A legal storm is brewing between two weathermen at WCMH-TV (Channel 4). Bob Nunnally has filed a libel lawsuit against fellow forecaster Jym Ganahl in Franklin County Common Pleas Court.
A legal storm is brewing between two weathermen at WCMH-TV (Channel 4).
Bob Nunnally has filed a libel lawsuit against fellow forecaster Jym Ganahl in Franklin County Common Pleas Court.
The lawsuit says that Ganahl and perhaps “an unknown individual or individuals” made false statements that injured Nunnally in his “trade or profession” and exposed him to “ridicule, hatred or contempt.”
The complaint, filed on Nov. 5, says the statements were written in June, but does not reveal what Ganahl is accused of writing or where he wrote it.
Attaching the written material to the complaint would cause further injury, according to Nunnally’s lawyer, Jennifer Joseph. She wants to provide the material to the court under seal.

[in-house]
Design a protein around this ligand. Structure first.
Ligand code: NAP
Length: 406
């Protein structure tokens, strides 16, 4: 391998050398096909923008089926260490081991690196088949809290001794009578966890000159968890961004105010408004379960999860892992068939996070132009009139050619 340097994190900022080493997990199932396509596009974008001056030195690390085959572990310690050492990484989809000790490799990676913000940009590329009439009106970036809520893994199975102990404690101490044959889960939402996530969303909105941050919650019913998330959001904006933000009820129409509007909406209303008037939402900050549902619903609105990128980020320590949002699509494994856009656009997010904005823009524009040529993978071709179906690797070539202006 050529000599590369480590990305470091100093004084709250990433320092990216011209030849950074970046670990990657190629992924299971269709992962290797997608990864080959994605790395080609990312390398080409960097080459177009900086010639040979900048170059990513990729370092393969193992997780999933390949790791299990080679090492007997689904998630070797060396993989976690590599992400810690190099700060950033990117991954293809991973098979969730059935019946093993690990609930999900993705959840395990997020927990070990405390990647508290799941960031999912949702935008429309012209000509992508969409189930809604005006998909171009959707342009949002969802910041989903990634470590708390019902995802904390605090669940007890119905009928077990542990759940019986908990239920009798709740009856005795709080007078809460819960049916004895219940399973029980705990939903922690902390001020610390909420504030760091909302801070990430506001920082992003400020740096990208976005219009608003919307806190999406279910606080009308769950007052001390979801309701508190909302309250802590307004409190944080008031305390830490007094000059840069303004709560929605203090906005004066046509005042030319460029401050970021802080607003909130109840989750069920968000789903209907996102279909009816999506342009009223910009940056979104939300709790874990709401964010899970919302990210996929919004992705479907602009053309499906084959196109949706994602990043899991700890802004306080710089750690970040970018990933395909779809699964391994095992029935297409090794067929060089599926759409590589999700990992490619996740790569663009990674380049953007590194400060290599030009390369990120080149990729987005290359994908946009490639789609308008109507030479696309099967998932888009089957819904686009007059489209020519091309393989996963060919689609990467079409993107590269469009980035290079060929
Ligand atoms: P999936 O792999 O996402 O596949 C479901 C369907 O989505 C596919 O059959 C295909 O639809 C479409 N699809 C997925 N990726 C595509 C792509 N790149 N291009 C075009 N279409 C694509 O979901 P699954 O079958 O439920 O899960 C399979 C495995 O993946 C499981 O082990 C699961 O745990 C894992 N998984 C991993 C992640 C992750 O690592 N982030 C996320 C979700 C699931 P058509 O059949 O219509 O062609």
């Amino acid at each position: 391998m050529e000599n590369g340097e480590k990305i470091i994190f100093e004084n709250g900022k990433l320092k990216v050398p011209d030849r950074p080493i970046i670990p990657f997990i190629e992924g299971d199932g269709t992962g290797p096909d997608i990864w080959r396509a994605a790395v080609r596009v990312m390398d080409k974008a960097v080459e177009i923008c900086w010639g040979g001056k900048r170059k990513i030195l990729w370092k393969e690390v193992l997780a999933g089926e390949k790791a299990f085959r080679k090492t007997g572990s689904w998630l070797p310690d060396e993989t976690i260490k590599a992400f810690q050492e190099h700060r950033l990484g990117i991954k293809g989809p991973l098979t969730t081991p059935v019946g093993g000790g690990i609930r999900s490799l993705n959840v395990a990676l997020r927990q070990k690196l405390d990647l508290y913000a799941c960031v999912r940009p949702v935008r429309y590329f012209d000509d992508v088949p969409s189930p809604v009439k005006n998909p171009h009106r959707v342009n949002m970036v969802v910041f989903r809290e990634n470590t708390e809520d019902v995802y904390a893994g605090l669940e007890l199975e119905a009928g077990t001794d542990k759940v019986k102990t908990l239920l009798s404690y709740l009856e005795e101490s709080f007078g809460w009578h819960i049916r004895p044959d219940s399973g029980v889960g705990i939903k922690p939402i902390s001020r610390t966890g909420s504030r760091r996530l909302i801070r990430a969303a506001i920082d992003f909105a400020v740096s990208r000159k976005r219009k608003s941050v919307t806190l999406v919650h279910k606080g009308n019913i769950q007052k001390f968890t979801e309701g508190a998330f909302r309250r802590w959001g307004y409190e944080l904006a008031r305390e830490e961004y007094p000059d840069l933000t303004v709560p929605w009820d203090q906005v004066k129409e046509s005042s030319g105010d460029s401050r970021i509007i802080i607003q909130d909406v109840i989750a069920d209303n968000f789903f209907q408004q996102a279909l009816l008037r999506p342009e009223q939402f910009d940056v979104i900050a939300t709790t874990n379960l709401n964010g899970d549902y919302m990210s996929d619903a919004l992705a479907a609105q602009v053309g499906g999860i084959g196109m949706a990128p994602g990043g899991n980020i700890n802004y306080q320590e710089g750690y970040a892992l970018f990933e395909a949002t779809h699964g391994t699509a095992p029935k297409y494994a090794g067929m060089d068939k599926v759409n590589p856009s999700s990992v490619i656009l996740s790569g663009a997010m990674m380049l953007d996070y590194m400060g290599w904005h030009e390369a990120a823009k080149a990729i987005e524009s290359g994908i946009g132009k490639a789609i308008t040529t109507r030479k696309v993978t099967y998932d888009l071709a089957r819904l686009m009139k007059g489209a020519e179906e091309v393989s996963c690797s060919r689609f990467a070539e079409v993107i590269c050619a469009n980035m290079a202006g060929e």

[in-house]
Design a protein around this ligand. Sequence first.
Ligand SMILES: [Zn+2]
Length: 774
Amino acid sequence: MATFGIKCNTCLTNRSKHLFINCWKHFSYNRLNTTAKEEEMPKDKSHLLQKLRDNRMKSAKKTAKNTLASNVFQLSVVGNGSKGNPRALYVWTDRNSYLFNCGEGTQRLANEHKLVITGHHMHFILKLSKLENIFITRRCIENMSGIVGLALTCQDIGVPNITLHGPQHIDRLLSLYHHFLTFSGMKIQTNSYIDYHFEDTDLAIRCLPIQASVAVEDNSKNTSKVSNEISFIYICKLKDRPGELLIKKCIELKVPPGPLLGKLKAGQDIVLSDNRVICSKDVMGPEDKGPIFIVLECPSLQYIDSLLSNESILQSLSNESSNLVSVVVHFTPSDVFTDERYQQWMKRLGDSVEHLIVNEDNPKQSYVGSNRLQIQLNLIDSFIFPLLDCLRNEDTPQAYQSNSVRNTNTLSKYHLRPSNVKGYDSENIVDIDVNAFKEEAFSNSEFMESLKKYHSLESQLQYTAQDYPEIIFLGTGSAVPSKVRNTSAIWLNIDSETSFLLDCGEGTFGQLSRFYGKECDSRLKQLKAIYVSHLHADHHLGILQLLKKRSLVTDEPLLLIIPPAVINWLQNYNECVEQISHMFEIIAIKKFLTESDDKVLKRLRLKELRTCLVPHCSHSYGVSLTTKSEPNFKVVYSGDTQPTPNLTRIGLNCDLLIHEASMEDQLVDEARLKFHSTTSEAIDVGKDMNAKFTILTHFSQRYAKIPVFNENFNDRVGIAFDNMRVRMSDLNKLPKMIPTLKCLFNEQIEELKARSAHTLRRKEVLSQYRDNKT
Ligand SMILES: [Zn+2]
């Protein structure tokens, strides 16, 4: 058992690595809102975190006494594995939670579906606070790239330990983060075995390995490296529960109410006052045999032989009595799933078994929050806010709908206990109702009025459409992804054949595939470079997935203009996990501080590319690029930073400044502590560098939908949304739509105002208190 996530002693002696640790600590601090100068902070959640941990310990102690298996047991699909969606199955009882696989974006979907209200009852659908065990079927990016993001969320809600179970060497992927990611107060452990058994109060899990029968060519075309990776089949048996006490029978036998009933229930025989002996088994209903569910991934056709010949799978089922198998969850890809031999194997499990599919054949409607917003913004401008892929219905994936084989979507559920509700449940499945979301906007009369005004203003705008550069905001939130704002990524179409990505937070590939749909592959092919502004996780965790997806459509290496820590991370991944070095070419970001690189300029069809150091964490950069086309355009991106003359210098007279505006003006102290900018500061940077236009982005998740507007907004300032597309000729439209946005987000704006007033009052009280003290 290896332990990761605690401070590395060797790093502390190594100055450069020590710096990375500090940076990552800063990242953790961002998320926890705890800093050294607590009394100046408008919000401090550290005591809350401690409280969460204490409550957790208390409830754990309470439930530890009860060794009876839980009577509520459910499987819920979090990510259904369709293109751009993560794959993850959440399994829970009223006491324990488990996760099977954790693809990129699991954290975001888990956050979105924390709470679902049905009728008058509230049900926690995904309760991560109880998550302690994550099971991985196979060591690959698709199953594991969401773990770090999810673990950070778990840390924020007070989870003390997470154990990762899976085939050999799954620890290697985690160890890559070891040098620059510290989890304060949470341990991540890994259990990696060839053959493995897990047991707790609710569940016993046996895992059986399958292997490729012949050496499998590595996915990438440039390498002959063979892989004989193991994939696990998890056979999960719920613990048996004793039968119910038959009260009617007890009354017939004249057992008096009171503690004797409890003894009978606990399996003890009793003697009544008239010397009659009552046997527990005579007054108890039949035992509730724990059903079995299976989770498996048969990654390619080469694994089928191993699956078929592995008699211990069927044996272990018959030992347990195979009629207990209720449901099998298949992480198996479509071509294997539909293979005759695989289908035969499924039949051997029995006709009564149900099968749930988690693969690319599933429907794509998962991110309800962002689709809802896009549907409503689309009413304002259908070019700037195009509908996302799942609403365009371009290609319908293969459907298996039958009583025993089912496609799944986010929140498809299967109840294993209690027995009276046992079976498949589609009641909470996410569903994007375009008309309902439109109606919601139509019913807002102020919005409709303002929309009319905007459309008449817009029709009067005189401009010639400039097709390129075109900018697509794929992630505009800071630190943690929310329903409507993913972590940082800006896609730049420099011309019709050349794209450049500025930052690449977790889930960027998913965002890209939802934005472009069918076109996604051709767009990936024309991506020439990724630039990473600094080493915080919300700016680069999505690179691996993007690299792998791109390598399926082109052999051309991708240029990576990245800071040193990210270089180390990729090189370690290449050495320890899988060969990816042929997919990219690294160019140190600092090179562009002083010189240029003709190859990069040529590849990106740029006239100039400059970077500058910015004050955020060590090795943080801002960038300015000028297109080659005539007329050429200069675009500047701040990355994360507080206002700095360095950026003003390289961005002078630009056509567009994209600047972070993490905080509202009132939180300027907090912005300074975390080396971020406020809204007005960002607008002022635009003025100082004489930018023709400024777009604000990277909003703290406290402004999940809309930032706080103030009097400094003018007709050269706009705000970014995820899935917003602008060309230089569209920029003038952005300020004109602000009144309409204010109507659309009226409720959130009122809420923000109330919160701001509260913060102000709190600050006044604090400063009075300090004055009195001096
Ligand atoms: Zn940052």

“I’d rather not go into the details,” Joseph told The Dispatch yesterday. “This is really sensitive right now.”
Attorneys for Ganahl also wouldn’t detail what allegedly was said.“The claims asserted by Mr. Nunnally in his complaint are not viable,” said Jeffrey Dittmer, one of Ganahl’s attorneys. “We are hopeful that upon reflection, Mr. Nunnally will dismiss the complaint.”
Ganahl did not return a message left for him at the station last night.
Ganahl has been with Channel 4, the NBC affiliate, since 1979 and is the station’s chief meteorologist, appearing on the 5, 6 and 11 p.m. newscasts.
Nunnally, a radio and TV personality for 25 years in central Ohio, is the morning meteorologist at the station.
The lawsuit seeks damages of more than $25,000, the threshold for filing cases in Common Pleas Court.
The case was randomly assigned to Judge Daniel T. Hogan, who recused himself because his wife is Gail Hogan, who hosts Daytime Columbus on Channel 4. The case is now assigned to Judge Richard A. Frye.